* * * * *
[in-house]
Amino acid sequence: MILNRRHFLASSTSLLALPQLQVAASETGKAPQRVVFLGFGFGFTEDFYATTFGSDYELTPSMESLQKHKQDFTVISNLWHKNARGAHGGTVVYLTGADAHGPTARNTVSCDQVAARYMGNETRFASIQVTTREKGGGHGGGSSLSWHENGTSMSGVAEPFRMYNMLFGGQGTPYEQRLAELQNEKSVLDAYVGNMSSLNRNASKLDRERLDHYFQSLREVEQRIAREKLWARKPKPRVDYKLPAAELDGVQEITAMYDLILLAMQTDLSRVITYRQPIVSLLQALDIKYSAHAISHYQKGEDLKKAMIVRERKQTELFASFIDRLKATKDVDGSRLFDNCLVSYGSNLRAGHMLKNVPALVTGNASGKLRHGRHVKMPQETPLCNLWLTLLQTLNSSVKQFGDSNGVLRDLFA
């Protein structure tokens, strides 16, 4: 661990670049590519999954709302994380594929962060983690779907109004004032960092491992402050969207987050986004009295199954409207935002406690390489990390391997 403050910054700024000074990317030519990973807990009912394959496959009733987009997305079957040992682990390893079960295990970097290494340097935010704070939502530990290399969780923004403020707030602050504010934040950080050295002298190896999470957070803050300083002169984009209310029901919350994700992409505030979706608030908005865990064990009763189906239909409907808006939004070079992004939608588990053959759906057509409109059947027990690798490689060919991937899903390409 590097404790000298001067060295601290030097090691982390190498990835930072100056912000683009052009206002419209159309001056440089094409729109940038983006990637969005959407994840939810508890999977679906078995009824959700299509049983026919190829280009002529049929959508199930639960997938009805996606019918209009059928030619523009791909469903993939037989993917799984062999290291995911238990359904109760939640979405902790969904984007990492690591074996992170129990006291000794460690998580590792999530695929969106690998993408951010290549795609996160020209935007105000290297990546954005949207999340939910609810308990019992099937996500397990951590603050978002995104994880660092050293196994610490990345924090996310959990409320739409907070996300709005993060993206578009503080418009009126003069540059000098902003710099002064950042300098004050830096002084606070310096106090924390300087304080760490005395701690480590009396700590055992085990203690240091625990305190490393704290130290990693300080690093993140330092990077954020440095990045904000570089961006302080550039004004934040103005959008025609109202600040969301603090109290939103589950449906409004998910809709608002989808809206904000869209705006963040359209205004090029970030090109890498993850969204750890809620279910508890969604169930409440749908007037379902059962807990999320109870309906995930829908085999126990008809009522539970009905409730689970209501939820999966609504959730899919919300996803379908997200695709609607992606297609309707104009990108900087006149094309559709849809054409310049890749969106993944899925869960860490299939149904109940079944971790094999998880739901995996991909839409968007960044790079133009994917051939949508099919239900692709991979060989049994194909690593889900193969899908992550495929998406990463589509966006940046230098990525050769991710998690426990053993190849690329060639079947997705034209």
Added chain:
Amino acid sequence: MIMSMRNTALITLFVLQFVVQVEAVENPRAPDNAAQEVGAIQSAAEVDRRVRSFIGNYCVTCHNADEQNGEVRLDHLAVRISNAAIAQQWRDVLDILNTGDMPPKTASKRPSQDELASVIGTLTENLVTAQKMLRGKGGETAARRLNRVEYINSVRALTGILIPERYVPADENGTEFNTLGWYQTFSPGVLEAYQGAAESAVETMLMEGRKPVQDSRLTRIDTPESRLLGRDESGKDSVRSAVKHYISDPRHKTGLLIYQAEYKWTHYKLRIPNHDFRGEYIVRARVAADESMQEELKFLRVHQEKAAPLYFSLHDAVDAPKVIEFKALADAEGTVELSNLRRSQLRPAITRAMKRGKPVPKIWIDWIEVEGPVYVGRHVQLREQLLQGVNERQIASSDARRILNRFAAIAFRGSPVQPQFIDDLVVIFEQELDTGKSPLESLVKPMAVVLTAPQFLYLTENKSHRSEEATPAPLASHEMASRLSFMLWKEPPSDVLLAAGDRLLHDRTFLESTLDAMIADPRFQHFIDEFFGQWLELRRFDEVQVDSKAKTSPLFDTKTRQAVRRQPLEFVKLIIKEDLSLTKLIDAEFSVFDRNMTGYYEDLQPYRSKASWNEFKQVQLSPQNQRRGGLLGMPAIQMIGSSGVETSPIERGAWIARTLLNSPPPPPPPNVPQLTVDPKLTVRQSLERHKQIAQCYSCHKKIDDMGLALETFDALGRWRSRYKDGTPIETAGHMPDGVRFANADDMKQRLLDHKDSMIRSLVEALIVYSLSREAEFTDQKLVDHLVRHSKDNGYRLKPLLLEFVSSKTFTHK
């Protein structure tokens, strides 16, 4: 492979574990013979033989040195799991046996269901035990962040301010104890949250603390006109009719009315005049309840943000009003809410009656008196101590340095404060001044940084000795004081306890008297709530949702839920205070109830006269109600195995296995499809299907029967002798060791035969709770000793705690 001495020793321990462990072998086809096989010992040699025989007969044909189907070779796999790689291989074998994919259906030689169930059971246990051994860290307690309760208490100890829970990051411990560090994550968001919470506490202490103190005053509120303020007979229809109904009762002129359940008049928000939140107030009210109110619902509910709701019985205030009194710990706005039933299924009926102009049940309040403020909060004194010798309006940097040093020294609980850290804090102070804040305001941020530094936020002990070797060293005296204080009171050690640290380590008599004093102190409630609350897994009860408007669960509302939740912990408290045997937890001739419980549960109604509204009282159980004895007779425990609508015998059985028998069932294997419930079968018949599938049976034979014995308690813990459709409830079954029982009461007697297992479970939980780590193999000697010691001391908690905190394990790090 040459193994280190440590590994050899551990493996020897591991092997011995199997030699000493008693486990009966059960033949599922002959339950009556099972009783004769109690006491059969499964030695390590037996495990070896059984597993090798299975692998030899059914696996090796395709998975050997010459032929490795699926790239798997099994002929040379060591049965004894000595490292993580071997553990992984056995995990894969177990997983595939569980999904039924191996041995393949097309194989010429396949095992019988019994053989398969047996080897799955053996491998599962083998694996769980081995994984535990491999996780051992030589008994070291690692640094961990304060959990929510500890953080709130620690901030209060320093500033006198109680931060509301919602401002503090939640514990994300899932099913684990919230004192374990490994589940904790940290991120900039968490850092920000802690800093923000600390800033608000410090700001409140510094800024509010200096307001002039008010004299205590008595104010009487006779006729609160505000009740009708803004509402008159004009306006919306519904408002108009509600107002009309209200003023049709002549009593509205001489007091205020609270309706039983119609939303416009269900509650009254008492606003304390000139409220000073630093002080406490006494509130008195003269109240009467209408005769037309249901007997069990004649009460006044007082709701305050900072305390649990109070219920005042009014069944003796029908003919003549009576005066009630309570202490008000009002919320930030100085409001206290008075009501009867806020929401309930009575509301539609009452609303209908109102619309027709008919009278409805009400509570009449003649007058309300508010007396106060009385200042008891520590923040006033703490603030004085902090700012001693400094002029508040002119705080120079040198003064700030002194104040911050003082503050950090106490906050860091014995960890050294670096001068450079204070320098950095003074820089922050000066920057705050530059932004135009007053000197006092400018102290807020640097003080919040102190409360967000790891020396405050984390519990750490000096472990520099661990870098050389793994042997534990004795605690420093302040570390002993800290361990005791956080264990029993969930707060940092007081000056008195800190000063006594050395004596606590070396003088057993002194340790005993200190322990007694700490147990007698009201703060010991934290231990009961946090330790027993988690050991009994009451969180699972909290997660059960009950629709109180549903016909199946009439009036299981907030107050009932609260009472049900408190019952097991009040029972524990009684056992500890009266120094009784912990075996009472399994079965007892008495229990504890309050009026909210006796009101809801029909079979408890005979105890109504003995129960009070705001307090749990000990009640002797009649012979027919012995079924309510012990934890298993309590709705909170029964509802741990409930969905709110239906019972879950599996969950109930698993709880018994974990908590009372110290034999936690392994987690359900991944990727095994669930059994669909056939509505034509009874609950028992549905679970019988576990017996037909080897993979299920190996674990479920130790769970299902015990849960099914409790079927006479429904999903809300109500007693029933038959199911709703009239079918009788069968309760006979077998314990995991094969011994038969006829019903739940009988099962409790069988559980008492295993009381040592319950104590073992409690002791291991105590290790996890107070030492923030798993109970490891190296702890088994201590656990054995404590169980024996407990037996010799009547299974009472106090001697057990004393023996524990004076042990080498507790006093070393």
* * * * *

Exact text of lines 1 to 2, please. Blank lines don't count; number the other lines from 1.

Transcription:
[in-house]
Amino acid sequence: MILNRRHFLASSTSLLALPQLQVAASETGKAPQRVVFLGFGFGFTEDFYATTFGSDYELTPSMESLQKHKQDFTVISNLWHKNARGAHGGTVVYLTGADAHGPTARNTVSCDQVAARYMGNETRFASIQVTTREKGGGHGGGSSLSWHENGTSMSGVAEPFRMYNMLFGGQGTPYEQRLAELQNEKSVLDAYVGNMSSLNRNASKLDRERLDHYFQSLREVEQRIAREKLWARKPKPRVDYKLPAAELDGVQEITAMYDLILLAMQTDLSRVITYRQPIVSLLQALDIKYSAHAISHYQKGEDLKKAMIVRERKQTELFASFIDRLKATKDVDGSRLFDNCLVSYGSNLRAGHMLKNVPALVTGNASGKLRHGRHVKMPQETPLCNLWLTLLQTLNSSVKQFGDSNGVLRDLFA